Longitudinal Dynamics of an Intense Electron Beam

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The dynamics of charged particle beams are governed by the particles' thermal velocities, external focusing forces, and Coulomb forces. Beams in which Coulomb forces play the dominant role are known as space charge dominated, or intense. Intense beams are of great interest for heavy ion fusion, spallation neutron sources, free-electron lasers, and other applications. In addition, all beams of interest are dominated by space charge forces when they are first created, so an understanding of space charge effects is critical to explain the later evolution of any beam. Historically, more attention has been paid to the transverse dynamics of beams. However, many interesting and important effects in beams occur along their length. These longitudinal effects can be limiting factors in many systems. For example, modulation or structure applied to the beam at low energy will evolve under space charge forces. Depending on the intended use of the beam and the nature of the modulation, this may result in improved or degraded performance.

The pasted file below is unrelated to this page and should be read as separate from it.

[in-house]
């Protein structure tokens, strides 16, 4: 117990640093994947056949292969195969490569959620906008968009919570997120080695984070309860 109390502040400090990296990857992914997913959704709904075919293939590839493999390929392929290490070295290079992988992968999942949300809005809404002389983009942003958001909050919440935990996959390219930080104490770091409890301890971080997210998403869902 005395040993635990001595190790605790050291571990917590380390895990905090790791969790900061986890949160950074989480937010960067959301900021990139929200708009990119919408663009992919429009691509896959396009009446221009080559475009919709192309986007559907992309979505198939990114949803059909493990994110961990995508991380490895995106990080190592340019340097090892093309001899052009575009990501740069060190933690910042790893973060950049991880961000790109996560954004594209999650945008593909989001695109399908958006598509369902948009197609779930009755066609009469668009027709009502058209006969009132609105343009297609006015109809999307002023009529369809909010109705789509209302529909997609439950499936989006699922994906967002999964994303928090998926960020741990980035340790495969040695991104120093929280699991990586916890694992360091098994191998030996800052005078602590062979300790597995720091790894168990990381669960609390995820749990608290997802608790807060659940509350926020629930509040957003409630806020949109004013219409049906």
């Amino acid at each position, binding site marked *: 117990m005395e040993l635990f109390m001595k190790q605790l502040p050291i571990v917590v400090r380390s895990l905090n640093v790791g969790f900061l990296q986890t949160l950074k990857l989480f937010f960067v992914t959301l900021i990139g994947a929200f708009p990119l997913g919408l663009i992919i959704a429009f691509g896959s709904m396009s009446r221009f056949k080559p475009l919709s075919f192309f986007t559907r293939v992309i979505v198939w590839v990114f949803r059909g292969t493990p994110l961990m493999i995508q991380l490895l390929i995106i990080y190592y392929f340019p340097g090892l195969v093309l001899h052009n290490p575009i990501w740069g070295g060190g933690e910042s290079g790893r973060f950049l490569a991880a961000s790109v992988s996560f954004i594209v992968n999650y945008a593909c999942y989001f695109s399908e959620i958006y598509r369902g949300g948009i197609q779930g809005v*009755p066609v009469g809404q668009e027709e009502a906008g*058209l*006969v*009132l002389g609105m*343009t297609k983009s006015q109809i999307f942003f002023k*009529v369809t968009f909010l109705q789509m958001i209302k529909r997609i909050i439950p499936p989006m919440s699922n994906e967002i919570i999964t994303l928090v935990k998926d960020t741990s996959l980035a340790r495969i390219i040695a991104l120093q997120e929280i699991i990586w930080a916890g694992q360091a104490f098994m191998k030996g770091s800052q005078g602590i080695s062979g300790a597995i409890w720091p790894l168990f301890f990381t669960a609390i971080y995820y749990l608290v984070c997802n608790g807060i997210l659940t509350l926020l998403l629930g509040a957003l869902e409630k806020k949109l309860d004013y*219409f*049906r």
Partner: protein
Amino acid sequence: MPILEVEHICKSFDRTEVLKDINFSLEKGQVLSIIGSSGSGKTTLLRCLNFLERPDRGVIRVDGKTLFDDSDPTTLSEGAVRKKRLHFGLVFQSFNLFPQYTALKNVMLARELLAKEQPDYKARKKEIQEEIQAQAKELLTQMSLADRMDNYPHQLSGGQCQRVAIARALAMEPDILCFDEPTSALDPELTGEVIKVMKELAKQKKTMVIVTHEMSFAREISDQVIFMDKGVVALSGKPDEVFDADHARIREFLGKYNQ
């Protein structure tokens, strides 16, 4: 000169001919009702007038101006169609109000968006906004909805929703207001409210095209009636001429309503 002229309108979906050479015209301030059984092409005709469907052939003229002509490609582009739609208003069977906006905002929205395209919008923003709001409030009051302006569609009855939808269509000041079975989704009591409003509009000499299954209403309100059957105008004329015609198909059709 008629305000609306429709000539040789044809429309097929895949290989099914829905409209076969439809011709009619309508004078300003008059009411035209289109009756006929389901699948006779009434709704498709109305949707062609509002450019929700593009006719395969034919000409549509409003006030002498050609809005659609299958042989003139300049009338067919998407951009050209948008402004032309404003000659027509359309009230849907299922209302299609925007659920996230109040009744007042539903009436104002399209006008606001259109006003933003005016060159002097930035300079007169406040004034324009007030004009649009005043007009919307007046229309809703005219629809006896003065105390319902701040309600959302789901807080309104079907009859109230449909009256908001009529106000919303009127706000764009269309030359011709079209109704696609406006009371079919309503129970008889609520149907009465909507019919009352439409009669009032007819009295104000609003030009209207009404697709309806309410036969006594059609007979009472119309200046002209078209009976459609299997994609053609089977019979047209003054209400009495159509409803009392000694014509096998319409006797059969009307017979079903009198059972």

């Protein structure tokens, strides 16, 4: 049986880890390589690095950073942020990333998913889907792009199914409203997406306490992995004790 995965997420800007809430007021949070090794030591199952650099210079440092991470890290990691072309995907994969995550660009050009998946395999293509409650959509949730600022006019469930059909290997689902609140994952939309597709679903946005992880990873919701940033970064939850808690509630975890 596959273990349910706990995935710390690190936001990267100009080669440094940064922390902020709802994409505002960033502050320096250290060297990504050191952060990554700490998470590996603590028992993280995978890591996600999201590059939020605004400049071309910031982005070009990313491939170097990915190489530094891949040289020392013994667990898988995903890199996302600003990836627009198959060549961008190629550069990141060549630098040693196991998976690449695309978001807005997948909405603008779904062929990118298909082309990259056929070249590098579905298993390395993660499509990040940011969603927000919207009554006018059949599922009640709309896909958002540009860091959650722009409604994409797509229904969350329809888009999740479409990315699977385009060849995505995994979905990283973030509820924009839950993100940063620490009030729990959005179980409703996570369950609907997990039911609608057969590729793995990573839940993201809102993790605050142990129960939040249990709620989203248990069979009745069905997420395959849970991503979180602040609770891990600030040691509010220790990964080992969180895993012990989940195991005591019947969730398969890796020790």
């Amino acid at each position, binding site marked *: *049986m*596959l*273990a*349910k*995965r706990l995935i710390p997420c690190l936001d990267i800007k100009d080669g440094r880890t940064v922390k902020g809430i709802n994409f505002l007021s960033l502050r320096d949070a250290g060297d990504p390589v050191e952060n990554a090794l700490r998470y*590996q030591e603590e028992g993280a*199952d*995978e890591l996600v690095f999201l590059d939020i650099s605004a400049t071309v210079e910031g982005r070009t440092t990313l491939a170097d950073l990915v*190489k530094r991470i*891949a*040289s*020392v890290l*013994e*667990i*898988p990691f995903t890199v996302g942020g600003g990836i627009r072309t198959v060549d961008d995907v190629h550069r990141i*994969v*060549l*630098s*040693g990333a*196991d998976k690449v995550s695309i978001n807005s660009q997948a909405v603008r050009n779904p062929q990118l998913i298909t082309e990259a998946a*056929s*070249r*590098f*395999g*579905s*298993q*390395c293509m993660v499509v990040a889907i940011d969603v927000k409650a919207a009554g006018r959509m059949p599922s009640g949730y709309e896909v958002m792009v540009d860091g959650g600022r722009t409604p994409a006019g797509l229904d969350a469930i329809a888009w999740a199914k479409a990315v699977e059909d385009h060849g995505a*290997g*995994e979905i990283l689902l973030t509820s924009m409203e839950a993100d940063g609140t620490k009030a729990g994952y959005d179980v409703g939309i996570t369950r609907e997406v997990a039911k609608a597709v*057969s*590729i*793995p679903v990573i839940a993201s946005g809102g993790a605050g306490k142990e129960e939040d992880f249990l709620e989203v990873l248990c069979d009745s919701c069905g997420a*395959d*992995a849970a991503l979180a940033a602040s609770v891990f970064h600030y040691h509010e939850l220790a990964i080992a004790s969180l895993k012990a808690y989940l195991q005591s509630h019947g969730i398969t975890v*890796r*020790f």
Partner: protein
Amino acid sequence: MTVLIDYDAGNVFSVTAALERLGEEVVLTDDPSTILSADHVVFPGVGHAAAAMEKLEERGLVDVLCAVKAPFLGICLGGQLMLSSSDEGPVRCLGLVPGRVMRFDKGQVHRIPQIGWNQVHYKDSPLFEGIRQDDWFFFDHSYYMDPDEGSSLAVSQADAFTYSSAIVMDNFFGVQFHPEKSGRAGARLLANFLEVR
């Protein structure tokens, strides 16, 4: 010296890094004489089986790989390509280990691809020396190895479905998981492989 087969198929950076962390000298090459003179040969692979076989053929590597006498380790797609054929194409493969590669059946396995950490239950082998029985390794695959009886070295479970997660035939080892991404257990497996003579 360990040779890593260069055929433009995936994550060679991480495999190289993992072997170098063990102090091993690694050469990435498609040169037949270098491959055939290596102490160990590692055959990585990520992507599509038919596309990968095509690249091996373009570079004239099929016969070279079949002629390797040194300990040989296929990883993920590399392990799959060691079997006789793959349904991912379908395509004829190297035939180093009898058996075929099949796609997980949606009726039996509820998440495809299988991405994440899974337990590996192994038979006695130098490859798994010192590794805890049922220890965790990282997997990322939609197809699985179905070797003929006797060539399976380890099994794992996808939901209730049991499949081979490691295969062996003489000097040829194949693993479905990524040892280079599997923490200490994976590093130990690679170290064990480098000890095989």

To study longitudinal dynamics in intense beams, experiments were conducted using the University of Maryland Electron Ring, a 10 keV, 100 mA electron transport system.  These experiments concentrated on space charge driven changes in beam length in parabolic and rectangular beams, beam density and velocity modulation, and space charge wave propagation.  Coupling between the transverse and longitudinal dynamics was also investigated.  These experiments involved operating the UMER gun in space charge limited, temperature limited, triode amplification, photon limited, and hybrid modes.  Results of these experiments are presented here, along with a theoretical framework for understanding the longitudinal dynamics of intense beams.